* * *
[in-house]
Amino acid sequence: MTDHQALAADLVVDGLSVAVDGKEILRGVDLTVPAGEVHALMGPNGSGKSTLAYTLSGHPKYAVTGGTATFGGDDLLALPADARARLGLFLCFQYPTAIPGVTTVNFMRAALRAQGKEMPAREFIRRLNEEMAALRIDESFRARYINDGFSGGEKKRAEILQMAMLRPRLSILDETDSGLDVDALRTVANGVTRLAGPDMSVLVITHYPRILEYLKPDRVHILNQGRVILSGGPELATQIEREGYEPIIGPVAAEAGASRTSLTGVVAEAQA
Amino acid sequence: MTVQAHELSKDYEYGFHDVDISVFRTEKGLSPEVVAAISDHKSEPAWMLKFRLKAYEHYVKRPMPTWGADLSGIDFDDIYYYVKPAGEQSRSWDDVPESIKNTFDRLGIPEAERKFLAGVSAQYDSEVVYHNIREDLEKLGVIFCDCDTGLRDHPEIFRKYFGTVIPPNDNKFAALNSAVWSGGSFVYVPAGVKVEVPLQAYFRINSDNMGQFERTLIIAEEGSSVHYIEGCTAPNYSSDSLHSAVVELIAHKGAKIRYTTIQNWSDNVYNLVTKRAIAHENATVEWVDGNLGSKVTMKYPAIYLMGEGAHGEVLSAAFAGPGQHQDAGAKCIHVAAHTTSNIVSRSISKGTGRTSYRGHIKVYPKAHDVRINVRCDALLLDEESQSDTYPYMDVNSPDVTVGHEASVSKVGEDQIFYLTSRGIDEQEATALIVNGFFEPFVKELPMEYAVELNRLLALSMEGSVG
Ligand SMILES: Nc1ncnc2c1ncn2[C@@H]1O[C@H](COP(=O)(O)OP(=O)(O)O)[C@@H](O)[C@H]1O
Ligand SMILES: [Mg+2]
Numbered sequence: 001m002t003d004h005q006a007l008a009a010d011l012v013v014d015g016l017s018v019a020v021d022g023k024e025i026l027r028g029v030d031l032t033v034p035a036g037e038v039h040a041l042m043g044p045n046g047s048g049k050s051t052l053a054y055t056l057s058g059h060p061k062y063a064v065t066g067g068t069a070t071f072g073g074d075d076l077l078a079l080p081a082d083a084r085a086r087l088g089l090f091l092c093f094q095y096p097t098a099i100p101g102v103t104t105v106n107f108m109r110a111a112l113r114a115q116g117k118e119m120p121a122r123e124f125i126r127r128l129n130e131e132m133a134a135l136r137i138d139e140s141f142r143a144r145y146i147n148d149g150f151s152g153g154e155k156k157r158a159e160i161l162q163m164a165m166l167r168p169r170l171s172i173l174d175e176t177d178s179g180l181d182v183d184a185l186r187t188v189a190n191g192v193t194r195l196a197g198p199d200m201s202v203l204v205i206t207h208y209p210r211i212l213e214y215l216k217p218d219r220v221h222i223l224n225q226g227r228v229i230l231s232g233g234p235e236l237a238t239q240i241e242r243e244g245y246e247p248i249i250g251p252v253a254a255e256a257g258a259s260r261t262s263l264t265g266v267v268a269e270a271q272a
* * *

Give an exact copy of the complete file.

[in-house]
Amino acid sequence: MTDHQALAADLVVDGLSVAVDGKEILRGVDLTVPAGEVHALMGPNGSGKSTLAYTLSGHPKYAVTGGTATFGGDDLLALPADARARLGLFLCFQYPTAIPGVTTVNFMRAALRAQGKEMPAREFIRRLNEEMAALRIDESFRARYINDGFSGGEKKRAEILQMAMLRPRLSILDETDSGLDVDALRTVANGVTRLAGPDMSVLVITHYPRILEYLKPDRVHILNQGRVILSGGPELATQIEREGYEPIIGPVAAEAGASRTSLTGVVAEAQA
Amino acid sequence: MTVQAHELSKDYEYGFHDVDISVFRTEKGLSPEVVAAISDHKSEPAWMLKFRLKAYEHYVKRPMPTWGADLSGIDFDDIYYYVKPAGEQSRSWDDVPESIKNTFDRLGIPEAERKFLAGVSAQYDSEVVYHNIREDLEKLGVIFCDCDTGLRDHPEIFRKYFGTVIPPNDNKFAALNSAVWSGGSFVYVPAGVKVEVPLQAYFRINSDNMGQFERTLIIAEEGSSVHYIEGCTAPNYSSDSLHSAVVELIAHKGAKIRYTTIQNWSDNVYNLVTKRAIAHENATVEWVDGNLGSKVTMKYPAIYLMGEGAHGEVLSAAFAGPGQHQDAGAKCIHVAAHTTSNIVSRSISKGTGRTSYRGHIKVYPKAHDVRINVRCDALLLDEESQSDTYPYMDVNSPDVTVGHEASVSKVGEDQIFYLTSRGIDEQEATALIVNGFFEPFVKELPMEYAVELNRLLALSMEGSVG
Ligand SMILES: Nc1ncnc2c1ncn2[C@@H]1O[C@H](COP(=O)(O)OP(=O)(O)O)[C@@H](O)[C@H]1O
Ligand SMILES: [Mg+2]
Numbered sequence: 001m002t003d004h005q006a007l008a009a010d011l012v013v014d015g016l017s018v019a020v021d022g023k024e025i026l027r028g029v030d031l032t033v034p035a036g037e038v039h040a041l042m043g044p045n046g047s048g049k050s051t052l053a054y055t056l057s058g059h060p061k062y063a064v065t066g067g068t069a070t071f072g073g074d075d076l077l078a079l080p081a082d083a084r085a086r087l088g089l090f091l092c093f094q095y096p097t098a099i100p101g102v103t104t105v106n107f108m109r110a111a112l113r114a115q116g117k118e119m120p121a122r123e124f125i126r127r128l129n130e131e132m133a134a135l136r137i138d139e140s141f142r143a144r145y146i147n148d149g150f151s152g153g154e155k156k157r158a159e160i161l162q163m164a165m166l167r168p169r170l171s172i173l174d175e176t177d178s179g180l181d182v183d184a185l186r187t188v189a190n191g192v193t194r195l196a197g198p199d200m201s202v203l204v205i206t207h208y209p210r211i212l213e214y215l216k217p218d219r220v221h222i223l224n225q226g227r228v229i230l231s232g233g234p235e236l237a238t239q240i241e242r243e244g245y246e247p248i249i250g251p252v253a254a255e256a257g258a259s260r261t262s263l264t265g266v267v268a269e270a271q272a